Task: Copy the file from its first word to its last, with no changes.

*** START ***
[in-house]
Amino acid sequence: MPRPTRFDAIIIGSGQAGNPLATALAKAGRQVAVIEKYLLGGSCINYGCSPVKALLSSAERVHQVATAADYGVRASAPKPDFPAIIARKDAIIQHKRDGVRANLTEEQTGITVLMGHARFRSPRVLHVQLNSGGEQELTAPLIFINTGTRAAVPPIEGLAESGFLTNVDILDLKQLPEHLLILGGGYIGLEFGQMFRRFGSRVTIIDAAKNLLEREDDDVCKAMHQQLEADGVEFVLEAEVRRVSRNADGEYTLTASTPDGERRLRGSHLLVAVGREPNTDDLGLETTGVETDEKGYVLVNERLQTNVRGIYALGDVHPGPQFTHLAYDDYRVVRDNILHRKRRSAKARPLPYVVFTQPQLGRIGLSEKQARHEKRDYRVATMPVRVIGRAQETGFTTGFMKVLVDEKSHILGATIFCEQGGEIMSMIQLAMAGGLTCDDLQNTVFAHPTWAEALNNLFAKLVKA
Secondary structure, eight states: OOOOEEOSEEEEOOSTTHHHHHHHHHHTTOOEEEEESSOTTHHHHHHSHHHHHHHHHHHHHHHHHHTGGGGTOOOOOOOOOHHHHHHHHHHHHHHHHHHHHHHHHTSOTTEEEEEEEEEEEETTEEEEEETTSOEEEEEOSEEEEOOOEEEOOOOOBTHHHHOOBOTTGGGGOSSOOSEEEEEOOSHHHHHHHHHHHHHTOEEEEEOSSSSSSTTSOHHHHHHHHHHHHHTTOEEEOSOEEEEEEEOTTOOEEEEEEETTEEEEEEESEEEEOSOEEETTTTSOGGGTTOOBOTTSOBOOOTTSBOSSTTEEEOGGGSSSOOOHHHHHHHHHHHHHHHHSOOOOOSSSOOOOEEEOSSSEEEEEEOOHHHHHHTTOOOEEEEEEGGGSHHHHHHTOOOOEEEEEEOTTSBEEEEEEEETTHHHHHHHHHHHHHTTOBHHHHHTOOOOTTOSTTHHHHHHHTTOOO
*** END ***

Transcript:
[in-house]
Amino acid sequence: MPRPTRFDAIIIGSGQAGNPLATALAKAGRQVAVIEKYLLGGSCINYGCSPVKALLSSAERVHQVATAADYGVRASAPKPDFPAIIARKDAIIQHKRDGVRANLTEEQTGITVLMGHARFRSPRVLHVQLNSGGEQELTAPLIFINTGTRAAVPPIEGLAESGFLTNVDILDLKQLPEHLLILGGGYIGLEFGQMFRRFGSRVTIIDAAKNLLEREDDDVCKAMHQQLEADGVEFVLEAEVRRVSRNADGEYTLTASTPDGERRLRGSHLLVAVGREPNTDDLGLETTGVETDEKGYVLVNERLQTNVRGIYALGDVHPGPQFTHLAYDDYRVVRDNILHRKRRSAKARPLPYVVFTQPQLGRIGLSEKQARHEKRDYRVATMPVRVIGRAQETGFTTGFMKVLVDEKSHILGATIFCEQGGEIMSMIQLAMAGGLTCDDLQNTVFAHPTWAEALNNLFAKLVKA
Secondary structure, eight states: OOOOEEOSEEEEOOSTTHHHHHHHHHHTTOOEEEEESSOTTHHHHHHSHHHHHHHHHHHHHHHHHHTGGGGTOOOOOOOOOHHHHHHHHHHHHHHHHHHHHHHHHTSOTTEEEEEEEEEEEETTEEEEEETTSOEEEEEOSEEEEOOOEEEOOOOOBTHHHHOOBOTTGGGGOSSOOSEEEEEOOSHHHHHHHHHHHHHTOEEEEEOSSSSSSTTSOHHHHHHHHHHHHHTTOEEEOSOEEEEEEEOTTOOEEEEEEETTEEEEEEESEEEEOSOEEETTTTSOGGGTTOOBOTTSOBOOOTTSBOSSTTEEEOGGGSSSOOOHHHHHHHHHHHHHHHHSOOOOOSSSOOOOEEEOSSSEEEEEEOOHHHHHHTTOOOEEEEEEGGGSHHHHHHTOOOOEEEEEEOTTSBEEEEEEEETTHHHHHHHHHHHHHTTOBHHHHHTOOOOTTOSTTHHHHHHHTTOOO